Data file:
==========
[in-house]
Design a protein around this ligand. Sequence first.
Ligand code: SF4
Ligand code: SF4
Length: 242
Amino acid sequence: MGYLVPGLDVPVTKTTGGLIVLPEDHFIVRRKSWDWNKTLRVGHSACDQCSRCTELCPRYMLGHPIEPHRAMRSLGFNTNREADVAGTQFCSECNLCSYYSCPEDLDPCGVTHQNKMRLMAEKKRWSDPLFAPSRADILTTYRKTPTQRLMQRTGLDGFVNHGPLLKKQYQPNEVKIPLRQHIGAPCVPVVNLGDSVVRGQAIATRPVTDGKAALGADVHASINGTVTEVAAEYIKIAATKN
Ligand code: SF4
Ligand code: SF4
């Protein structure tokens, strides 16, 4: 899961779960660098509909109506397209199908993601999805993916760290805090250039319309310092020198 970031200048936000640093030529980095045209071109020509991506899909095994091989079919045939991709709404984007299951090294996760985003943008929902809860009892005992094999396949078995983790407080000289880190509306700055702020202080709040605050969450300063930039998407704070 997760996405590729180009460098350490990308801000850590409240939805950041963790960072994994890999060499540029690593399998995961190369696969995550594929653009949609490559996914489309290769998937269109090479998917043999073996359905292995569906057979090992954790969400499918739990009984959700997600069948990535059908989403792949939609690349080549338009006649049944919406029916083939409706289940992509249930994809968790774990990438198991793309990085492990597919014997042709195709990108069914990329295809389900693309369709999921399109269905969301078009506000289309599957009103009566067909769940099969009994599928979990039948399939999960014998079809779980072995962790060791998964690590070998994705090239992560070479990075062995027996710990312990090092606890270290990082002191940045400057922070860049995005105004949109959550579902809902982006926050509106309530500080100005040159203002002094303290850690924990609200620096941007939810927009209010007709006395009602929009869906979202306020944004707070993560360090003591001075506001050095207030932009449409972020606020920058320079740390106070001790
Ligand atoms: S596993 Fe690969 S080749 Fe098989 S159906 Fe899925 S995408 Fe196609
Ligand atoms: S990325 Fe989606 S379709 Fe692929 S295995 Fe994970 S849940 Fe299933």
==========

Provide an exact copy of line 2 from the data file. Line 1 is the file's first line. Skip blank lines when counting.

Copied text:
Design a protein around this ligand. Sequence first.